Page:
Wilde Lake wrestler Mike Green's biggest challenge often is avoiding overconfidence. Sometimes he succeeds -- and sometimes he doesn't.
"Everybody I wrestle, I take it that they can beat me," said Green, tied with South River's Jaron Hairston for the Maryland State Wrestling Association's No. 6 spot at 171 pounds.
"Some wrestlers that are ranked, they let it get to their head that they can't be beat, that they're on top of the world," he said.
But it's tough for anyone of Green's stature to avoid complacency. One of his most open critics is senior teammate Nate Casella, the MSWA's sixth-ranked 189-pounder.
"He'll go into matches thinking he can win, and nine out of 10 times he can," Casella said. "But sometimes he doesn't go in mentally prepared unless the kid's real good. He'll say, 'Am I going to be lazy or will I whip his butt fast?' "
More times than not, Green, a junior, does the latter, and he's on par to match last year's achievements.
As a sophomore, Green's first full season on the mat, he took the local wrestling community by surprise, appearing out of the "woodwork," as Oakland Mills coach Steve Carnahan said.
After claiming Howard County and regional championships at 160 pounds, he lost to Owings Mills' Grant Johnson in the state semifinals and placed third. This season he has a 20-2 record (171) with 11 pins and is the prohibitive favorite to reclaim county and Class 2A-1A, Region III titles.
Most likely, Green will confront Hammond's Mac Goudy in the county championship at Atholton this weekend. Green won a major decision over Goudy, 9-1, earlier this season.
It's too early to predict who he'll meet in the states, but Wildecats coach Richard Jackson is hoping a Green-Johnson rematch doesn't come too early. Johnson is the MSWA's No. 1 171-pounder.
"I'm hoping it'll be in the finals, not the semis like last year," Jackson said. "If Mike had gotten past the semis [against another opponent], it would have been a different match against Johnson.
"But Johnson is a very good wrestler, and it's going to take a heck of a match out of Mike to beat that kid," Jackson said. "It depends on how bad Mike wants it . . . his conditioning when he gets there, his mental toughness."
Green's two losses this season happened in the Arundel and Douglass tournaments. He placed third in both tournaments. At Arundel, he was decisioned by Arundel's Greg Booth, the eventual tourney champion and the MSWA's No. 3 wrestler. Green was upset at Frederick Douglass (Prince George's), where unranked Greg Lawrence of Douglass pinned him in 1:55.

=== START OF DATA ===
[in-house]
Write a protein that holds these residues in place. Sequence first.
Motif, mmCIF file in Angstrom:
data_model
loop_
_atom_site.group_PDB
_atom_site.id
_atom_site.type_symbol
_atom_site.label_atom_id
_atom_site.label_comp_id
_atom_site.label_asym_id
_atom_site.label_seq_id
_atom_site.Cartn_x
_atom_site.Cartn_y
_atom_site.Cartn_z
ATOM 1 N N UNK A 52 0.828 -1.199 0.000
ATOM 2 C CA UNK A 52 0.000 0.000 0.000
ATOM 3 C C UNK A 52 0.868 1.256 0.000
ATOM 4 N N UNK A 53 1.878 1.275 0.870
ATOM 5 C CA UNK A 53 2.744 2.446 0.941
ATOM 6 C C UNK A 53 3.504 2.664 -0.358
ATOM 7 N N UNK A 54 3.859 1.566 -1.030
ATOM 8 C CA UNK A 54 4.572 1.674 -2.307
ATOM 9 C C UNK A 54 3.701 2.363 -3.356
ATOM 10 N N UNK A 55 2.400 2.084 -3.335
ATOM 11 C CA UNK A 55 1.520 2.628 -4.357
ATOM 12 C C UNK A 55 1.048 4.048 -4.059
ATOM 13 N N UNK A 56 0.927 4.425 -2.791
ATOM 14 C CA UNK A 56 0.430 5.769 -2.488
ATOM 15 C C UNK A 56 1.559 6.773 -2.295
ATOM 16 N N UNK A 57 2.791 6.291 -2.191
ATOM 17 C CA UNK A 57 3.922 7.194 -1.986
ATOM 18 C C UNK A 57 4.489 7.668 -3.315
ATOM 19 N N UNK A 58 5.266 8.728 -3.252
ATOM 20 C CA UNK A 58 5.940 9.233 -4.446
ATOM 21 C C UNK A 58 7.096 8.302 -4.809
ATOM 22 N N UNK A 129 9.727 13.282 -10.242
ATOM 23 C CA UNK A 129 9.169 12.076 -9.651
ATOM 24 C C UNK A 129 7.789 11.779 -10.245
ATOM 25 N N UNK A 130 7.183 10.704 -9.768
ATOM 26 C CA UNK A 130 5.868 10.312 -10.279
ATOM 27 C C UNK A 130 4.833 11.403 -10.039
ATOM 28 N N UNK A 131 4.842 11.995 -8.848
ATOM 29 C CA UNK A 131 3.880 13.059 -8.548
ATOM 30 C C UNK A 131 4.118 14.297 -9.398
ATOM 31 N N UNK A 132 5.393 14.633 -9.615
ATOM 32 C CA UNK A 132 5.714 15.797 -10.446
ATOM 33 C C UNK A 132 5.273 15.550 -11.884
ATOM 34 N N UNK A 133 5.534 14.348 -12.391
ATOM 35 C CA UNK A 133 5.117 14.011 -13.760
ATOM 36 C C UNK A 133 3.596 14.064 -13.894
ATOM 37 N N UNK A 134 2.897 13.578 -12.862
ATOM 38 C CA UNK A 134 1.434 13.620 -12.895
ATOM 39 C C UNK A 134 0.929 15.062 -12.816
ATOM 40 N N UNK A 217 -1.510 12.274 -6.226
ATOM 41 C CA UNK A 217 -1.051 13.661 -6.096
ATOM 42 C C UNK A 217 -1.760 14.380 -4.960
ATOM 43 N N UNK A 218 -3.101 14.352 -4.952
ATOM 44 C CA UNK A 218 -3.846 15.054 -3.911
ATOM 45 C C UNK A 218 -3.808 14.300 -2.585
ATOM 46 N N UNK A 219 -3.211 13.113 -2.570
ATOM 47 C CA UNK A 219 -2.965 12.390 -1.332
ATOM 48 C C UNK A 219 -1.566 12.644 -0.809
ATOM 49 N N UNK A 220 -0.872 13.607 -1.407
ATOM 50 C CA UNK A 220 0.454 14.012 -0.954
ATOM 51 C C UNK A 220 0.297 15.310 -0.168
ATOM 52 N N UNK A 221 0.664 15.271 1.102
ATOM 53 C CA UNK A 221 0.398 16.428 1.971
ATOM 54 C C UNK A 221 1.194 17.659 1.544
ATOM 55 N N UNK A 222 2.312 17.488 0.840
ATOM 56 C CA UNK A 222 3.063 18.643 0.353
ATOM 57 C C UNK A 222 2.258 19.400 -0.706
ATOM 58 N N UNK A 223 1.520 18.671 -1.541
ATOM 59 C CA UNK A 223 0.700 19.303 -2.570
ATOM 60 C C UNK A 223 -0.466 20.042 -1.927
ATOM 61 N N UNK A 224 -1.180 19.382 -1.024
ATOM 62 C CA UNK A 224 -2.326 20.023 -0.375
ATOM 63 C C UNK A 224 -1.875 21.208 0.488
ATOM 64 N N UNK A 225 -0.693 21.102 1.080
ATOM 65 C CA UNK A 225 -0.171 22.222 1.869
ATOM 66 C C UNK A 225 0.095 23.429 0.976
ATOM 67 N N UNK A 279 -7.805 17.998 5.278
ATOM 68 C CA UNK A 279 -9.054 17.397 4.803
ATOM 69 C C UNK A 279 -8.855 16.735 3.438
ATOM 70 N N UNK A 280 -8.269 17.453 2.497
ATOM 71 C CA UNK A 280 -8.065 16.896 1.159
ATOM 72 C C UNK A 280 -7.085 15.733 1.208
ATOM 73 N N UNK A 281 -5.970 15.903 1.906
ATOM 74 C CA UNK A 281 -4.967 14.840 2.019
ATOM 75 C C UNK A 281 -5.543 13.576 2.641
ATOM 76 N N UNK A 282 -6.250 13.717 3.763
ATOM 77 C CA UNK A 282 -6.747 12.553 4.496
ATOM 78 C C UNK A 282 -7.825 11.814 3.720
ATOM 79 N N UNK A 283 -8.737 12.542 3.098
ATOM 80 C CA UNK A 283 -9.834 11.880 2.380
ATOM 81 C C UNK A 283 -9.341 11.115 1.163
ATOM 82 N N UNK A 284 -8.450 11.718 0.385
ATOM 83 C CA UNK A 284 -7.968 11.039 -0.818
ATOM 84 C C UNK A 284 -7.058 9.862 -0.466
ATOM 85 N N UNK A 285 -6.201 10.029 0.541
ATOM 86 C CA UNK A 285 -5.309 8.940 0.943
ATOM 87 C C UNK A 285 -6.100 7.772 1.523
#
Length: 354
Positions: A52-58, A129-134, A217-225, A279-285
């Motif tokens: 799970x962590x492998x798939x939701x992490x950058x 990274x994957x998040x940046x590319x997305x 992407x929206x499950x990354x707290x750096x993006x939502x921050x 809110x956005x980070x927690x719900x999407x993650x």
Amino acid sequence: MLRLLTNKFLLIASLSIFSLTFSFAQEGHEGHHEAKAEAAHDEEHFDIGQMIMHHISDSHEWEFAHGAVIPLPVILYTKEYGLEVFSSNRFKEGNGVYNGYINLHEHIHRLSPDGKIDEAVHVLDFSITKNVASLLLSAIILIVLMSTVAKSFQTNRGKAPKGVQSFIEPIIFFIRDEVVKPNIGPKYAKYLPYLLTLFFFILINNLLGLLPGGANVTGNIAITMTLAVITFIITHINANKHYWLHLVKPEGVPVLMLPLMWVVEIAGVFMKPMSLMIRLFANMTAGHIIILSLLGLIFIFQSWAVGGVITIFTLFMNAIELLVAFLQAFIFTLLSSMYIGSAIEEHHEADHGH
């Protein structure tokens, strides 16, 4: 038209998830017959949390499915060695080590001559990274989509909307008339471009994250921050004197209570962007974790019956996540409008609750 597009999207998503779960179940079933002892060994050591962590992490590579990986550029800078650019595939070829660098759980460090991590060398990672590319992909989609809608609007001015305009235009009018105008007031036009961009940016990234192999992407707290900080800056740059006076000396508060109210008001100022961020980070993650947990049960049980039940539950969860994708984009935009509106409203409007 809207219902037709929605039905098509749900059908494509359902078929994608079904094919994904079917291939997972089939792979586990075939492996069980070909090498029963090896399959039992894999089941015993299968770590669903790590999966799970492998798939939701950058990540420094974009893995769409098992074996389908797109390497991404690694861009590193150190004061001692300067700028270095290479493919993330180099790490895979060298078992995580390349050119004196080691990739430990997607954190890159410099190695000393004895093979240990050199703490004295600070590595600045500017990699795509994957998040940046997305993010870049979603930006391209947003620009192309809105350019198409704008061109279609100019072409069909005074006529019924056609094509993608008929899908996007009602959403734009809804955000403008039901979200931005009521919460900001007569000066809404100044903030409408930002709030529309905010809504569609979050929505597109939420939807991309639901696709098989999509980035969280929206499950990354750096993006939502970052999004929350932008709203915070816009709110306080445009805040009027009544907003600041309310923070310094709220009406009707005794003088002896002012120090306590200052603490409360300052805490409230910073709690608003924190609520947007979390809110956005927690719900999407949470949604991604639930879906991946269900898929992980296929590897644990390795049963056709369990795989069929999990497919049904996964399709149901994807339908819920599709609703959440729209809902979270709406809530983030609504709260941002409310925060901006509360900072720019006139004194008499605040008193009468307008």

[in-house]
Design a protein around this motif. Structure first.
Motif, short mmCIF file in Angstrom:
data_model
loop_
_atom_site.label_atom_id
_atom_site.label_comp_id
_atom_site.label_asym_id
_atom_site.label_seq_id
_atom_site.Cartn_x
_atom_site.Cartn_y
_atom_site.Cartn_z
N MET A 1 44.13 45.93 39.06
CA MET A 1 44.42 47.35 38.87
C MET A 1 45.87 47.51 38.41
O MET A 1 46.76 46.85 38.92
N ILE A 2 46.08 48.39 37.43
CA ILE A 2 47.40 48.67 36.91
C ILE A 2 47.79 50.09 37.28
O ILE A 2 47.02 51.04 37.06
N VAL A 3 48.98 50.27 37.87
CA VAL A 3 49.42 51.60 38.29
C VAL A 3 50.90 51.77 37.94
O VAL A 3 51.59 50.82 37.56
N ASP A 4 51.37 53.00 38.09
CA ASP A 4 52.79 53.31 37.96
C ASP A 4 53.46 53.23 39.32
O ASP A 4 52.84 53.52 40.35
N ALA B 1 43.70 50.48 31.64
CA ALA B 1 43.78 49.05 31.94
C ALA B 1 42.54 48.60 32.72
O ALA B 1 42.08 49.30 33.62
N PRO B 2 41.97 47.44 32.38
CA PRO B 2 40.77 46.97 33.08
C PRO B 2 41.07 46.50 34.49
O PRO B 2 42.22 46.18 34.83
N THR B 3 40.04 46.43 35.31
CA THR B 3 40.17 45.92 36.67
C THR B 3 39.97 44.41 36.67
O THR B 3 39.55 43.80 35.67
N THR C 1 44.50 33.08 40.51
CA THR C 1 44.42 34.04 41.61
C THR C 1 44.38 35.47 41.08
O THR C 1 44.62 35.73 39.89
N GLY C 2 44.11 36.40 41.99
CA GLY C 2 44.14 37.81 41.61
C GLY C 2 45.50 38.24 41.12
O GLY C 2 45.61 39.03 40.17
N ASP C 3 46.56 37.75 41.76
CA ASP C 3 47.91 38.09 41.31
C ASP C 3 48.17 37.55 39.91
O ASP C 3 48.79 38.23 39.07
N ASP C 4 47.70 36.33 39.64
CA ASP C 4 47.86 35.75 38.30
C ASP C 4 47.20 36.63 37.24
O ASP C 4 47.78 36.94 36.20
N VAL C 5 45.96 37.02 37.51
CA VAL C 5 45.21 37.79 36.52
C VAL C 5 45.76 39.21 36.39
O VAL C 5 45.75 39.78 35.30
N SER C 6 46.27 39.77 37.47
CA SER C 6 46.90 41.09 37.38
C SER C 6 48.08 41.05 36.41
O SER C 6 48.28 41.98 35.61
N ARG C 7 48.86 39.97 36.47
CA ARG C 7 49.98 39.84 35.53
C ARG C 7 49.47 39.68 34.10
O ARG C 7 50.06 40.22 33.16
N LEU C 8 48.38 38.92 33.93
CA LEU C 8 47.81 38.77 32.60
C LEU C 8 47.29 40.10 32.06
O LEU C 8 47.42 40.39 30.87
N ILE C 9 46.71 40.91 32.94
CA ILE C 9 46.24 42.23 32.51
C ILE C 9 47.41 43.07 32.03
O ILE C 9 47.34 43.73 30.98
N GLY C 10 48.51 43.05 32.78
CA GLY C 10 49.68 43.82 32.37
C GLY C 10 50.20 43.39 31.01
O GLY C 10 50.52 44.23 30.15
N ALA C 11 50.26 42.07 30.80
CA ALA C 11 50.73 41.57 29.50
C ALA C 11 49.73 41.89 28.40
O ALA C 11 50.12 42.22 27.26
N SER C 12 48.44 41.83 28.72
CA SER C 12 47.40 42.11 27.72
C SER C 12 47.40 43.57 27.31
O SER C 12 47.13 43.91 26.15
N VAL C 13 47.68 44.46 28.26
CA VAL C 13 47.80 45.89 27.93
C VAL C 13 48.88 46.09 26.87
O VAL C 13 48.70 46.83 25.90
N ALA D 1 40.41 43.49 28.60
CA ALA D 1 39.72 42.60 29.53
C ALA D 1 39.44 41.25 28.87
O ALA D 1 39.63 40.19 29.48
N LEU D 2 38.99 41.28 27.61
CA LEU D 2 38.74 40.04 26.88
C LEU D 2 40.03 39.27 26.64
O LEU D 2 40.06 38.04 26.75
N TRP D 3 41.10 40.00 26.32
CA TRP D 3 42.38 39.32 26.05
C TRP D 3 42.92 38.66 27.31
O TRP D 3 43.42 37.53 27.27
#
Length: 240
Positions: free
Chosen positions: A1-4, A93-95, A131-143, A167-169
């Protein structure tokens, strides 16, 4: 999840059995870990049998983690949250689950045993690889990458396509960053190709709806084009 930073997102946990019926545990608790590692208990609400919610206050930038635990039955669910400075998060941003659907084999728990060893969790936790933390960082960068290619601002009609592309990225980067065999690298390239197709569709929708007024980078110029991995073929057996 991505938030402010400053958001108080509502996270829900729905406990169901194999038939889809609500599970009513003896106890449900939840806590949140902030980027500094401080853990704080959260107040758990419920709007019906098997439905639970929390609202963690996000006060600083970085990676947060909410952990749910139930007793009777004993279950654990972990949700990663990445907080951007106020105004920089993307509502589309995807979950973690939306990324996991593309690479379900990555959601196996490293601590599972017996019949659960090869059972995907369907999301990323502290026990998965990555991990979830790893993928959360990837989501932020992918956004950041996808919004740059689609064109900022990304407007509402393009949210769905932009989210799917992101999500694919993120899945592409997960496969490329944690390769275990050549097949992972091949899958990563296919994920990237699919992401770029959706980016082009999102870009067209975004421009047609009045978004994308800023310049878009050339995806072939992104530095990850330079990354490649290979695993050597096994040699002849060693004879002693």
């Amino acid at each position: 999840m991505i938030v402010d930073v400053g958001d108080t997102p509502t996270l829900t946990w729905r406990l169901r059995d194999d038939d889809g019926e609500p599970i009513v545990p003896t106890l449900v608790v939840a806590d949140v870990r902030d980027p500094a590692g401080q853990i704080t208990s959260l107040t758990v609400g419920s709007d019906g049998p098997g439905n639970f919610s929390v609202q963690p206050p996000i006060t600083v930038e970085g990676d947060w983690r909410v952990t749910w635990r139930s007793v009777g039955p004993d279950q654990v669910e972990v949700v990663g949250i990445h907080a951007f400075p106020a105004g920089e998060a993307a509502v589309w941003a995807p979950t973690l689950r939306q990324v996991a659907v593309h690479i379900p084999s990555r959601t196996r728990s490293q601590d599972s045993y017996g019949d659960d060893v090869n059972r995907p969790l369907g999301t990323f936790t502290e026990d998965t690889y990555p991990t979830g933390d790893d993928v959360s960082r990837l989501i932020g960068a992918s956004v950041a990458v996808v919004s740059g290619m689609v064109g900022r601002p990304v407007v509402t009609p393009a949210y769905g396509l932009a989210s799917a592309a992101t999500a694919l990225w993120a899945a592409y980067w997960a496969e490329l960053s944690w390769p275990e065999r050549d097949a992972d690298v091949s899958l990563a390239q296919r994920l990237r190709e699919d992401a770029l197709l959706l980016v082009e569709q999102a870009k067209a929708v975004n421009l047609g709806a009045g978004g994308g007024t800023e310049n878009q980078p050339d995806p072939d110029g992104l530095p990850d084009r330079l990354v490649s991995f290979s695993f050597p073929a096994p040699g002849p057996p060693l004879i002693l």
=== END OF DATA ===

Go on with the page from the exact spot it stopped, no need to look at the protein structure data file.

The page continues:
Casella used the shocker at Douglass to emphasize how "every match, [Green's] got to get his head into it."
"There are kids who are weak-minded who give up," said Casella. "But the decent wrestlers who work hard in practice and say, 'I can beat this kid,' that's when you get your tough matches and upsets."
Despite questioning Green for occasional laziness in practice, Jackson lauds Green for his quickness and balance. Green's most polished move is the duck-under series or single-leg takedown, in which he attacks the high side of an opponent's leg, sweeping him off the mat.
Green's and Casella's nearly automatic wins in dual meets afford Wilde Lake (10-3, 5-2) a comfort zone. For instance, in the Wildecats' most recent meet, a 35-28 thriller over Howard, the Lions held a 28-20 edge heading into Green's match. Green toyed with Frank Tortella until recording a 2:31 pin and Casella did likewise to Brad Stubbs at 3:04.
Green maintains a friendly wager with Casella on tallying the fastest pin. "If a pin comes, it comes," Green said. "I'm always looking for the pin, but I don't really force it."
Green senses an opponent is primed for a pin if "he's dragging, his head is down, he's not mentally into it. He could be breathing hard or out of shape; that's when I go," he said.
Sparring partners in practice, Green and Casella learn important wrestling techniques from one another.
"Mike has a lot going for him in having another ranked kid to work with everyday in the room," Oakland Mills' Carnahan said.